This is Grandes best chance of a big win. Thank U, Next is a superbly realised almost-concept album about heartache, grief and moving on that can be witty, even caustic, but never cruel it sealed her as one of the three or four definitive pop stars of our time. Lizzo, HER and Lil Nas X are hampered with too much 6/10 material across their albums; Lana Del Rey was the critical hit of the year and will certainly beat out fellow Pitchfork darlings Bon Iver and Vampire Weekend, but may not cut through to the more august and mainstream Academy members. Eilish was the inescapable pop-cultural breakthrough of the year, and her album has such terrific range and invention. She will, hopefully, squeak this.

Will win: Billie Eilish
Should win: Billie Eilish

Song of the year

Lady Gaga Always Remember Us This Way
Billie Eilish Bad Guy
Tanya Tucker Bring My Flowers Now
HER Hard Place
Taylor Swift Lover
Lana Del Rey Norman Fucking Rockwell
Lewis Capaldi Someone You Loved
Lizzo Truth Hurts

Piano-driven ballads dominate the songwriting category, including Taylor Swifts only big nomination. Lover is such classic American songcraft, though Lewis Capaldis powerful Someone Like You is the best of these ballads and it would be a British win to remember. Eilish is streets ahead in terms of songwriting innovation and should win for that Duh! alone. But, while Truth Hurts most famous lyric (I just took a DNA test, turns out Im 100% that bitch) may have been plagiarised and its British author later added to the credits, Lizzo has this sewn up. The lyrics are hilarious, and it is a massively successful example of that new school of songwriting where a single melody is repeated over and over until the brainwashed public is involuntarily chanting it and then clawing hopelessly at their faces.

Will win: Lizzo Truth Hurts
Should win: Billie Eilish Bad Guy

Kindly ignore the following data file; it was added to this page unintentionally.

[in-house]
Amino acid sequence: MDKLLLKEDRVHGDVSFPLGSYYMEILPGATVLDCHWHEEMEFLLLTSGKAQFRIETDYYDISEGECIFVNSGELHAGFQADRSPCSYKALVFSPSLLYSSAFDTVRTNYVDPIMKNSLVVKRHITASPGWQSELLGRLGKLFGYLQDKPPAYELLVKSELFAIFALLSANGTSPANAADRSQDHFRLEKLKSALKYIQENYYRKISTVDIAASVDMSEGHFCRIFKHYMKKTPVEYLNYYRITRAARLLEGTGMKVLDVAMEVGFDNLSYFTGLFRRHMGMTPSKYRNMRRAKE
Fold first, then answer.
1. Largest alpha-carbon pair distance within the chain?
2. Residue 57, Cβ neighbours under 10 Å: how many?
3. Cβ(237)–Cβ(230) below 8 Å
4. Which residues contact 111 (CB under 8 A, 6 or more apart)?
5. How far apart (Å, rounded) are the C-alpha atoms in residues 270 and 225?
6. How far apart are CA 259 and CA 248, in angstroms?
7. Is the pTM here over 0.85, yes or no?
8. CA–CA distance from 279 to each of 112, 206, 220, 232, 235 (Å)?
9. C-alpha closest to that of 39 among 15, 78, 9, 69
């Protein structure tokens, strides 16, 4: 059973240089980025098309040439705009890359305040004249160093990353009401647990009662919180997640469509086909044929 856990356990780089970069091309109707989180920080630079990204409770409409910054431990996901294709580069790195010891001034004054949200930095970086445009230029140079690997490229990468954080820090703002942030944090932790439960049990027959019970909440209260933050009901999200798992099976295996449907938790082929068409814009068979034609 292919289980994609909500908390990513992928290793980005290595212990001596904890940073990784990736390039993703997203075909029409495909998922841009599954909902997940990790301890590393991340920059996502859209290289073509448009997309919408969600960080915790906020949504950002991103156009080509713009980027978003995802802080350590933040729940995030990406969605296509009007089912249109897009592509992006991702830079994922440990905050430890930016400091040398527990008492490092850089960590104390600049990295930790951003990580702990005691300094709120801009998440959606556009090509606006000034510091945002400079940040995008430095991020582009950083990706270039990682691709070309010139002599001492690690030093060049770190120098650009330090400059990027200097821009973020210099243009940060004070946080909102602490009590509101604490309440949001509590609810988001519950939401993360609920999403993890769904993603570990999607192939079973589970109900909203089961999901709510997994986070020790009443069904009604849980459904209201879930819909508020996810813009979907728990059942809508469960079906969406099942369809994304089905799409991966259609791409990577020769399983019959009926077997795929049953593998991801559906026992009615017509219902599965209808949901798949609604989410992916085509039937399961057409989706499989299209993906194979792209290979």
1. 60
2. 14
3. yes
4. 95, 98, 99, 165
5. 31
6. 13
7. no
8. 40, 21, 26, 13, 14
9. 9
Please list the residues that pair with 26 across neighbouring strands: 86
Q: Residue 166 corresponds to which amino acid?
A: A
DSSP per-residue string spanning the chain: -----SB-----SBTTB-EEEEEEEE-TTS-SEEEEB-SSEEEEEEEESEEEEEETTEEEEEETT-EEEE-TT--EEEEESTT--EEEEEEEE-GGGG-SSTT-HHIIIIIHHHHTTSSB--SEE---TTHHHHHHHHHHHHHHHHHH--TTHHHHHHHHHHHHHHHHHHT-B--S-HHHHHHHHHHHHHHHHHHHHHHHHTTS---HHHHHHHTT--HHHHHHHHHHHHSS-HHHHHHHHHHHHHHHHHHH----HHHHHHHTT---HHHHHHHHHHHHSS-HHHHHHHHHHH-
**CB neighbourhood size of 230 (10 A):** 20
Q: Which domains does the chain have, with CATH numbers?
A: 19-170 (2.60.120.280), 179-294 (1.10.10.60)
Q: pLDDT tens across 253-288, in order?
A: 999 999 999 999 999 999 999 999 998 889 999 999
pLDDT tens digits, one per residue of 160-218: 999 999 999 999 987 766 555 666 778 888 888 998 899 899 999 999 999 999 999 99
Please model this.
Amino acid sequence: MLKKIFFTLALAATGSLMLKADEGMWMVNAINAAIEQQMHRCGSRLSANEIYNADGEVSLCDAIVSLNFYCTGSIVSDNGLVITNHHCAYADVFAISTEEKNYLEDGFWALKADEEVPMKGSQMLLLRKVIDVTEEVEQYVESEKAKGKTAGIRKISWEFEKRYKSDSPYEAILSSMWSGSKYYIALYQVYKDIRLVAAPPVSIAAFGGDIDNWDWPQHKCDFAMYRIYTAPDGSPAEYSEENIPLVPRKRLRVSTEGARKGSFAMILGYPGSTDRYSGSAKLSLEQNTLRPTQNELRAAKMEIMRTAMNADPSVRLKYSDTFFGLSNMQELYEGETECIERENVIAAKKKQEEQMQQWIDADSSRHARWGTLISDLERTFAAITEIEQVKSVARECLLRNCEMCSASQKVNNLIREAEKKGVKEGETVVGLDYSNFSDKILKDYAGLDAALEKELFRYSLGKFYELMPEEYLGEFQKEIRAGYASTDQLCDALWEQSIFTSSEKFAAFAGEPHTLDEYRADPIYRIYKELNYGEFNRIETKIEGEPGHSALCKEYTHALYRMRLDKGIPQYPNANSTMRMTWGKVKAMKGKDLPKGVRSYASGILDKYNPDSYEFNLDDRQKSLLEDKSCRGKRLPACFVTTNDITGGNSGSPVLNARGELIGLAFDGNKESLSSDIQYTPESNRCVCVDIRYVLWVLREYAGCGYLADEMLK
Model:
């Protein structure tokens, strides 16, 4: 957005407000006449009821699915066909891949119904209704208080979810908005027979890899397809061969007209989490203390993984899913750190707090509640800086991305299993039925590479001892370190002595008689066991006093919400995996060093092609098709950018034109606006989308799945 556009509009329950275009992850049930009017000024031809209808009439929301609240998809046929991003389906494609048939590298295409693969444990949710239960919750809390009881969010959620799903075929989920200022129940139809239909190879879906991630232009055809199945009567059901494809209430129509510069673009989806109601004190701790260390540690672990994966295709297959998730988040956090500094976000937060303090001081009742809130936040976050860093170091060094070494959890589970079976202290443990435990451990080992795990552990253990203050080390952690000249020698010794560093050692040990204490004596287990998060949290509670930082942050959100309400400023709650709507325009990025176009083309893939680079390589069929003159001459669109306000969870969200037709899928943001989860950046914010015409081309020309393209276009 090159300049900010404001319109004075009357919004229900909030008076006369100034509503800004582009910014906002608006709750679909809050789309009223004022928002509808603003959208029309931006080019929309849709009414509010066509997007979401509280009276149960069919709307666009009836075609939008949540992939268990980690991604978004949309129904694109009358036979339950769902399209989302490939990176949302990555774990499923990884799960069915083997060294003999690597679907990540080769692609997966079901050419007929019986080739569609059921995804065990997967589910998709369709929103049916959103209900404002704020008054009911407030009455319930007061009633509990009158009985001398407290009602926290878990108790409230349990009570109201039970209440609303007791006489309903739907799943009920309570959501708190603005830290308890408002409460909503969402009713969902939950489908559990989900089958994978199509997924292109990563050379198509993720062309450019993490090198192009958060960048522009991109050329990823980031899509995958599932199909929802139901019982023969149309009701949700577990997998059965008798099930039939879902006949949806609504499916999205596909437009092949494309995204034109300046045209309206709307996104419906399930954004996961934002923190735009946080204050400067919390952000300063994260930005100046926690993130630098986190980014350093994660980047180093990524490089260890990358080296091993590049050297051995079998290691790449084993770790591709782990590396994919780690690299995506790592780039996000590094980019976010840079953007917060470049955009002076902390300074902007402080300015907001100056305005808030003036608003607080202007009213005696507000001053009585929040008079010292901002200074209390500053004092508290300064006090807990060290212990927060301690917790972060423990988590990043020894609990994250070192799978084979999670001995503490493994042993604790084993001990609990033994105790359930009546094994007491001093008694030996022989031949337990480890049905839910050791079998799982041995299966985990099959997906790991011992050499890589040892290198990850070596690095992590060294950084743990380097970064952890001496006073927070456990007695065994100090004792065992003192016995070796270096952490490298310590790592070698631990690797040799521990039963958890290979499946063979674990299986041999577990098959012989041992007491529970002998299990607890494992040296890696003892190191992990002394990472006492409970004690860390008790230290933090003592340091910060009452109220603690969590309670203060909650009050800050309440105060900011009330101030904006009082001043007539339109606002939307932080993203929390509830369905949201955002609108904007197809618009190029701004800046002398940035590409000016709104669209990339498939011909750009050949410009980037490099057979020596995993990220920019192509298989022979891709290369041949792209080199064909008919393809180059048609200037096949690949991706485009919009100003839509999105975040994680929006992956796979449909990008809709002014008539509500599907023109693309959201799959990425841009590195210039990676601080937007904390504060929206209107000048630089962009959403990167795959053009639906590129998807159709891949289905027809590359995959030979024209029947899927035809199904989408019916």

New artist

Black Pumas
Billie Eilish
Lil Nas X
Maggie Rogers
Tank and the Bangas

Nice to see some country-soul curveballs here in the excellent Black Pumas and Yola, though the less said the better about the tune-free Tank and the Bangas at any rate, theyre all making up the numbers. Maggie Rogers didnt really break beyond her fanbase with her underrated debut album, and Im sure the Academy will see Lil Nas X merely as a two-hit wonder. Lizzos debut album came out in 2013, whereas Eilish has only just turned 18 and feels like the rightful owner of this award. But you can bet than every Latinx voter is going to be going for the astoundingly talented Rosala, who won big at the Latin Grammys and could cause an upset here.

Will win: Billie Eilish
Should win: Billie Eilish

Pop solo performance

Beyonc Spirit
Billie Eilish Bad Guy
Ariana Grande 7 Rings
Lizzo Truth Hurts
Taylor Swift You Need to Calm Down

Just as performances where you cry, shout and climb inside the carcass of a bear win you Oscars, the leading pop award rather behoves you to give it some welly not for nothing has Adele won it three times. Eilish and Grandes variously murmured and chatted performances will appear to the Academy like weirdo arthouse choices here, and even Swift is in a relatively conversational mode. Beyoncs ponderous Spirit was the lame old wildebeest eaten by the younger jackals on the Lion King soundtrack, so this is Lizzos to lose.

Will win: Lizzo
Should win: Billie Eilish

Rock performance

Bones UK Pretty Waste
Gary Clark Jr This Land
Brittany Howard History Repeats
Karen O & Danger Mouse Woman
Rival Sons Too Bad

Anyone looking for evidence of backroom dealing in the Academy might well make Bones UK their exhibit A: Pretty Waste is the kind of creative vacuum beloved only of nihilistically cocaine-addicted LA music industry execs looking for something to soundtrack rock bottom. The rest is pretty good. Rival Sons riffs and hollering make them the most tangibly rock thing here Karen O essays 60s pop, and Brittany Howards History Repeats is a kind of bluesy funk tune, but with mainstream rock stranded out on a sandbar while rappers and pop stars taunt it on jetskis, they need to blur the genre lines. Gary Clark Jr could edge this with his politically charged This Land, half-rapped over a heavily skanking backing.

Will win: Gary Clark Jr
Should win: Rival Sons

Rap performance

J Cole Middle Child
DaBaby Suge
Dreamville feat JID, Bas, J Cole, Earthgang & Young Nudy Down Bad